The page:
Edson, Mary. ‘What Is the IFSR Conversation?’ Official Newsletter of the International Federation for Systems Research, 2015.
When asked about the value the IFSR brings to the Systems Community, the answer can sound heavy. After all, the IFSR serves as the umbrella organization that connects many Systems Science related societies with one another as a central core. Its mission is to IFSR advance the Systems Sciences through research, education, and collaboration between the entities. That response sounds laden with administration. And yet, the IFSR sponsors biennial Conversations, which put these objectives into practice at collective and individual levels. So, exactly what is the IFSR Conversation?
Klein, Louis, Pamela Buckle, Nam Nguyen, Rika Preiser, and Ray Ison. ‘Growing a Community of Conversation and Understanding: The 2023 Agenda for the Systems Community’. Systems Research and Behavioral Science 39, no. 6 (2022): 1103–7. https://doi.org/10.1002/sres.2919.
ABSTRACT: In his 1970 report to the Club of Rome, Hasan Özbekhan compiled an extensive collection of intersecting issues confronting humanity—the Global Problématique. Alas, half a century later, we find ourselves even further entrenched in this network of complex, systemic issues that some have framed the Anthropocene, a period new to human history. Collectively, we must take seriously the question: what purposeful action will aid human flourishing, create and sustain a viable space for humanity, in our ongoing co-evolution with the Anthropocene-Biosphere? Through ongoing reflections to this prompt, the theme of the IFSR’s 2023 agenda is community. At the heart of this community, we place emphasis on the role of conversation to enable the co-creation of a common (yet not necessarily shared) understanding. Collective efforts to grow and participate in this diverse cyber-systemic community of conversation and understanding will enhance the capacity to shift from stasis towards transformative actions demanded by the Global Problématique. In the Batesonian sense, the prospect of making a meta-difference that makes a difference is the emergent promise of our enterprise made collective.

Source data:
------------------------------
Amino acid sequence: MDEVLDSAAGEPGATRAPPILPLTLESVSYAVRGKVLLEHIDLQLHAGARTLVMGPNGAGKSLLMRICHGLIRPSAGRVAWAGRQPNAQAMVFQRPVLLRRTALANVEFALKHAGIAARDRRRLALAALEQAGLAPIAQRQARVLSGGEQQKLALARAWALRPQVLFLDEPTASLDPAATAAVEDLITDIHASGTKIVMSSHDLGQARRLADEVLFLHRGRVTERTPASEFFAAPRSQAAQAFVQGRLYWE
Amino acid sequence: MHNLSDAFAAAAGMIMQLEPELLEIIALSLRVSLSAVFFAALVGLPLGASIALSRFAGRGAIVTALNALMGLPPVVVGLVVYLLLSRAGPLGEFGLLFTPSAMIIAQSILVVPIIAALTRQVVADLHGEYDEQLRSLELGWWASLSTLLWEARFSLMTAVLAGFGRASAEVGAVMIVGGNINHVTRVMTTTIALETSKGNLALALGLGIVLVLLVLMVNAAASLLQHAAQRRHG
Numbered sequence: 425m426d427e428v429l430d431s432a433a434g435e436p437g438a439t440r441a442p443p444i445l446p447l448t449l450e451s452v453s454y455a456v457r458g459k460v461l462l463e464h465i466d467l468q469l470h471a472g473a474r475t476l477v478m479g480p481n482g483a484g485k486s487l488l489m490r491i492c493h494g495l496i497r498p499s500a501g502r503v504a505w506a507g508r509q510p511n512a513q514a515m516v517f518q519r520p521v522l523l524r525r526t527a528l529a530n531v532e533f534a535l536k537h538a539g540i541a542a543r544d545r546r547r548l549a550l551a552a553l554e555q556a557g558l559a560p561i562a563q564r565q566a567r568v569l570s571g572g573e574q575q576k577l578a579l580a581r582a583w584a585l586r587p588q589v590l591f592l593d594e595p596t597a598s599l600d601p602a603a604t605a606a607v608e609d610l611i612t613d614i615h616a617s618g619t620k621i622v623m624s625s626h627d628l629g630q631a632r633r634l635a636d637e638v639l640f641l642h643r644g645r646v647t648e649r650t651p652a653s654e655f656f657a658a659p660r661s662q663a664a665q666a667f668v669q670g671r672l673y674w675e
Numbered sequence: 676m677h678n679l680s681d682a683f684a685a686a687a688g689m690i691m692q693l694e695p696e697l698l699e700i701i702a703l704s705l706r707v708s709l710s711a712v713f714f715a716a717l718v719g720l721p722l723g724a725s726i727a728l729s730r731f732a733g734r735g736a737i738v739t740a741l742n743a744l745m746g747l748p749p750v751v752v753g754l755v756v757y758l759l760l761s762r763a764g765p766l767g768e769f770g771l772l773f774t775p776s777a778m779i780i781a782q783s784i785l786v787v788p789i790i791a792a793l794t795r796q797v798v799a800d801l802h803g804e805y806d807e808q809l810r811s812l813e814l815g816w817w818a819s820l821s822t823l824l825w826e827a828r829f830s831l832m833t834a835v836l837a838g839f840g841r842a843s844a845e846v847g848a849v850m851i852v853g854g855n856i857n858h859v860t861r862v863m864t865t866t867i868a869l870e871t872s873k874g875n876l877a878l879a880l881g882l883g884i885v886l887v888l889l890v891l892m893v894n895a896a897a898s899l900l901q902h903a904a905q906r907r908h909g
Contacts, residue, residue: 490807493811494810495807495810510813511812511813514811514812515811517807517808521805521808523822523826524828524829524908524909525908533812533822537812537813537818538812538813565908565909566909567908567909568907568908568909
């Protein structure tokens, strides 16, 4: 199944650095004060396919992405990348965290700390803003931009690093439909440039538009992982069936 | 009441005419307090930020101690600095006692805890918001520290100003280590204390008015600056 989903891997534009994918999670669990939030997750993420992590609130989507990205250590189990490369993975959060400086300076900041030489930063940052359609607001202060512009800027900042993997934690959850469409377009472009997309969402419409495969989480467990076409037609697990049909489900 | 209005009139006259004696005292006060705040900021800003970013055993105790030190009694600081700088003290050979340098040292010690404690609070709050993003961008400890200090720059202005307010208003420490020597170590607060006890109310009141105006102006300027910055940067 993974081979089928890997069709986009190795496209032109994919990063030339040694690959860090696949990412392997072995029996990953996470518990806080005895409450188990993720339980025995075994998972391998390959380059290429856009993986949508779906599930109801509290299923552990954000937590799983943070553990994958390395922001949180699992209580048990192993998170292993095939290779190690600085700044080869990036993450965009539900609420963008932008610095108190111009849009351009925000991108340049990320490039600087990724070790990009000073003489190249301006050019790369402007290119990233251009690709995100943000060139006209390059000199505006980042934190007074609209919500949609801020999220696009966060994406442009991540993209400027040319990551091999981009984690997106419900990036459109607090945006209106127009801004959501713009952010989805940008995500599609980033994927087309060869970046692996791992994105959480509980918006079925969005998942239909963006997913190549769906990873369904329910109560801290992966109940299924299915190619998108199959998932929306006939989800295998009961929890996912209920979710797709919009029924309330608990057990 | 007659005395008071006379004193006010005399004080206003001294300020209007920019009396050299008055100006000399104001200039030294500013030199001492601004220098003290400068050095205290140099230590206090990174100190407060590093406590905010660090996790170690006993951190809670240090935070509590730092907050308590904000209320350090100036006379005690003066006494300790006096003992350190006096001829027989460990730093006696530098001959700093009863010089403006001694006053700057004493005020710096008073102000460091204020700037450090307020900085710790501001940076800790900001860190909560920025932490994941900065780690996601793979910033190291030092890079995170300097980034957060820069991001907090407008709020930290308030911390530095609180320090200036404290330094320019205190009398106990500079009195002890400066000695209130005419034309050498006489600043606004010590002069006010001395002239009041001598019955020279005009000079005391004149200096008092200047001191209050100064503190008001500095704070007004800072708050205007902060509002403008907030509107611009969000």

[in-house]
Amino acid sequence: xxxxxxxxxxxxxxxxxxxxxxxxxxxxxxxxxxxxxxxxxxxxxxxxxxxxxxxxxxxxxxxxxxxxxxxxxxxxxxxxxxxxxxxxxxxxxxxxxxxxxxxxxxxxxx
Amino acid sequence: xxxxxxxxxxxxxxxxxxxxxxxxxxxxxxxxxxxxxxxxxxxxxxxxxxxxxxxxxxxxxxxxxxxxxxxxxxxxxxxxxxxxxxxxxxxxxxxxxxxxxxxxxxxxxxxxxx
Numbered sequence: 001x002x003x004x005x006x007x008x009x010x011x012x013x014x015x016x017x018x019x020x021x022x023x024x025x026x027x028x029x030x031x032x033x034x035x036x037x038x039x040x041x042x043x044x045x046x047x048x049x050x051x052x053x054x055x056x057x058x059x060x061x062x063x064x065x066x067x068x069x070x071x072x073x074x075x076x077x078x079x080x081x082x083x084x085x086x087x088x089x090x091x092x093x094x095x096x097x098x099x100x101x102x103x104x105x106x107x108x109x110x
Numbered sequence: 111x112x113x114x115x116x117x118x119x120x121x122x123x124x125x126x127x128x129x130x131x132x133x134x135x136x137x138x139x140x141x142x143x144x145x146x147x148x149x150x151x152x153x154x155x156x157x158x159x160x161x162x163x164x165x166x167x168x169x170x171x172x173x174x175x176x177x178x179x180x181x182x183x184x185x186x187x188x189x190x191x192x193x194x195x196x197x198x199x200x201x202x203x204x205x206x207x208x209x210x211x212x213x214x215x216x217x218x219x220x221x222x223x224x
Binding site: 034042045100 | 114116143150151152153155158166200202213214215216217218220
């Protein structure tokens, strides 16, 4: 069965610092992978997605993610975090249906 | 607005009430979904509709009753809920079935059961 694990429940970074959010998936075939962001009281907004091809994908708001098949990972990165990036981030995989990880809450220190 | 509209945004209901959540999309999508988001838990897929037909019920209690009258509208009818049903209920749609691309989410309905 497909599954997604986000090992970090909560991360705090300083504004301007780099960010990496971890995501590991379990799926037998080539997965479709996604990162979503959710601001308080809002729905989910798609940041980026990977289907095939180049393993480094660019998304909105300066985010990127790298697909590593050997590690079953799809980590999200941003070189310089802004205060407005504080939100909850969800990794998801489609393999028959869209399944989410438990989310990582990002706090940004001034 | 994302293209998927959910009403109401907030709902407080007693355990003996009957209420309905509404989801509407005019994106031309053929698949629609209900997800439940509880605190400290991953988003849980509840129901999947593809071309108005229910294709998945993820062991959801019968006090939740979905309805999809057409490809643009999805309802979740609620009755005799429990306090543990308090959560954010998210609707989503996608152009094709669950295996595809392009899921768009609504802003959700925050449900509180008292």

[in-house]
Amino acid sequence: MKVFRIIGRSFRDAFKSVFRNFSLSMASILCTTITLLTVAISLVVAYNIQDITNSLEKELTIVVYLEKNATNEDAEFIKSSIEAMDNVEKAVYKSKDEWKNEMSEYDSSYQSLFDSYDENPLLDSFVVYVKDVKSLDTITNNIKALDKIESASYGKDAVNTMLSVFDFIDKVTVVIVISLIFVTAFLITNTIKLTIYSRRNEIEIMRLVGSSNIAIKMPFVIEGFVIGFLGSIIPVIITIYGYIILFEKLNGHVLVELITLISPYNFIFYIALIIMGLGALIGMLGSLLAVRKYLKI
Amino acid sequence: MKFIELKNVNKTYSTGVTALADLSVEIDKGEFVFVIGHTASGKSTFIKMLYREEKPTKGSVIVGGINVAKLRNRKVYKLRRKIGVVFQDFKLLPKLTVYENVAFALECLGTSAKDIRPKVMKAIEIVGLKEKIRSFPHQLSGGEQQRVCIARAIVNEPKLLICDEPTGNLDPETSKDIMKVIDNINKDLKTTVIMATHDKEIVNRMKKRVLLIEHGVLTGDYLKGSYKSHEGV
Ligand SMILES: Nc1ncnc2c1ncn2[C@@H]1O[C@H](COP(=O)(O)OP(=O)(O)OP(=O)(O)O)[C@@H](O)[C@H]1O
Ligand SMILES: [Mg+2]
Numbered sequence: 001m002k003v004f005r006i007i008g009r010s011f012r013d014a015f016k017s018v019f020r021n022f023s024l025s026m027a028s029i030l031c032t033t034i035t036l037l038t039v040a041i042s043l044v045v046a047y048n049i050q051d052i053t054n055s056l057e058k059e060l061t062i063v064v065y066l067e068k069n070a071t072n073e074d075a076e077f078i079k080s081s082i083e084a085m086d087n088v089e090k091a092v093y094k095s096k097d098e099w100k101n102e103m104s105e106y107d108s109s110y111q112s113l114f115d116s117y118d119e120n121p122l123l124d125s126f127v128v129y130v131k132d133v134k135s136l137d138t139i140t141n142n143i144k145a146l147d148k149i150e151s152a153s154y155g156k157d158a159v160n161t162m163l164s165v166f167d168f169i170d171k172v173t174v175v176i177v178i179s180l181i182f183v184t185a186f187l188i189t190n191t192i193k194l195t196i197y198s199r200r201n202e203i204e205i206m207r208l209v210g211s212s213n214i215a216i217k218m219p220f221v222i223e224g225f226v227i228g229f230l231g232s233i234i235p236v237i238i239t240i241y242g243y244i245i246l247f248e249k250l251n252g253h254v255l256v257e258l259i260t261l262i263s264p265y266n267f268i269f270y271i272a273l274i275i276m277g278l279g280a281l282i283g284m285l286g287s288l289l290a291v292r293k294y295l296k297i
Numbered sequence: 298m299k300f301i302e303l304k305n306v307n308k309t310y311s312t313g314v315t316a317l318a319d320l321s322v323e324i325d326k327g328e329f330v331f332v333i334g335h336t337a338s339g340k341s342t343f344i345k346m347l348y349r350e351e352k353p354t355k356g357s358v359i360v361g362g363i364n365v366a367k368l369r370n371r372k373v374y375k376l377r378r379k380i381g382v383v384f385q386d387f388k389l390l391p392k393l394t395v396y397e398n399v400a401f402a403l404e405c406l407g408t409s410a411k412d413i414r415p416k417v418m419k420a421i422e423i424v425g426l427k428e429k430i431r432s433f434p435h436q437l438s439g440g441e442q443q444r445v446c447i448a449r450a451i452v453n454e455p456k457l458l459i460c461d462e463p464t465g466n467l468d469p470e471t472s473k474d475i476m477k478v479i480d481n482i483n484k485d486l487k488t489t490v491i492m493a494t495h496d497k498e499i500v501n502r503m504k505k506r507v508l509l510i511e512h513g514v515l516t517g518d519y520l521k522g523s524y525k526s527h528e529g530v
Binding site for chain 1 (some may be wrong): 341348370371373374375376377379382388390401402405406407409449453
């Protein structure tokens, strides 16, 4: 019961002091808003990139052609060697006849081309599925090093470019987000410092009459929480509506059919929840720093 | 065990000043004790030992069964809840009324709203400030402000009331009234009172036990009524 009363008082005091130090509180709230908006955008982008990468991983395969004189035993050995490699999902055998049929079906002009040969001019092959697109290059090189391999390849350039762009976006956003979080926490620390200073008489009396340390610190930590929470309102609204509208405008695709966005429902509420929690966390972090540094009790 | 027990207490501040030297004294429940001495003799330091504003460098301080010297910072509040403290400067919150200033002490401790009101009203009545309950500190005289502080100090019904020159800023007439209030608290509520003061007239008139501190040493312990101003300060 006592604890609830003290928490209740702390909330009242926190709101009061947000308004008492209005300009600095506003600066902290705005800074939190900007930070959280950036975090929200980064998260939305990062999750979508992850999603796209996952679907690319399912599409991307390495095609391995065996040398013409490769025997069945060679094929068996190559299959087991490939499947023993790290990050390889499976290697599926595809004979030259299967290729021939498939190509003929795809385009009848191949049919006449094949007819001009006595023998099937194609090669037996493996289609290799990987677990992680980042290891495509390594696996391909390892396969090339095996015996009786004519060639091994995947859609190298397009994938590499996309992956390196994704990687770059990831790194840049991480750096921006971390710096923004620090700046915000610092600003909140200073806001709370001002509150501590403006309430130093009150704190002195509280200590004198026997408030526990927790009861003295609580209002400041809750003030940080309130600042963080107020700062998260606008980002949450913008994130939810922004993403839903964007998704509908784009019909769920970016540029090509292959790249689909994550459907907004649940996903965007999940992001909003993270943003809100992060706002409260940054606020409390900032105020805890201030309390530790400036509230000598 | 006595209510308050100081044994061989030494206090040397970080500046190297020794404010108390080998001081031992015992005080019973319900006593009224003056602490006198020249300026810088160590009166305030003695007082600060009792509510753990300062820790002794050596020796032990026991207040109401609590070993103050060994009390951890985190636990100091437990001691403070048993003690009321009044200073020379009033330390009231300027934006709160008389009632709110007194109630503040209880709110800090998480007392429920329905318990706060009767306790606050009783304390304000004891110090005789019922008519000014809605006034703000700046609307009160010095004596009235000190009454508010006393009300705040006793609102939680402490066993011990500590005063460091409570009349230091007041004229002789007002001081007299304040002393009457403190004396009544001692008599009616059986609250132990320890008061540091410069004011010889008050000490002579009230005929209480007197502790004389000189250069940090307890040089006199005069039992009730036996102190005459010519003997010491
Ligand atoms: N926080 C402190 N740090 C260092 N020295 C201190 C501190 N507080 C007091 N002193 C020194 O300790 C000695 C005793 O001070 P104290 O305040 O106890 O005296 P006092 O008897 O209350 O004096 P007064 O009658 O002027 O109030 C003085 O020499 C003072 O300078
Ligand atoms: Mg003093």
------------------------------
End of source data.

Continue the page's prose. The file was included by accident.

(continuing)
KEYWORDS: agenda 2023, community of inquiry, Global Problématique, innovating institutions, metamorphic flow-field, process of inquiry
Dyer, Gordon, Jed Jones, Gordon Rowland, and Silvia Zweifel. ‘The Banathy Conversation Methodology’ 11 (2015).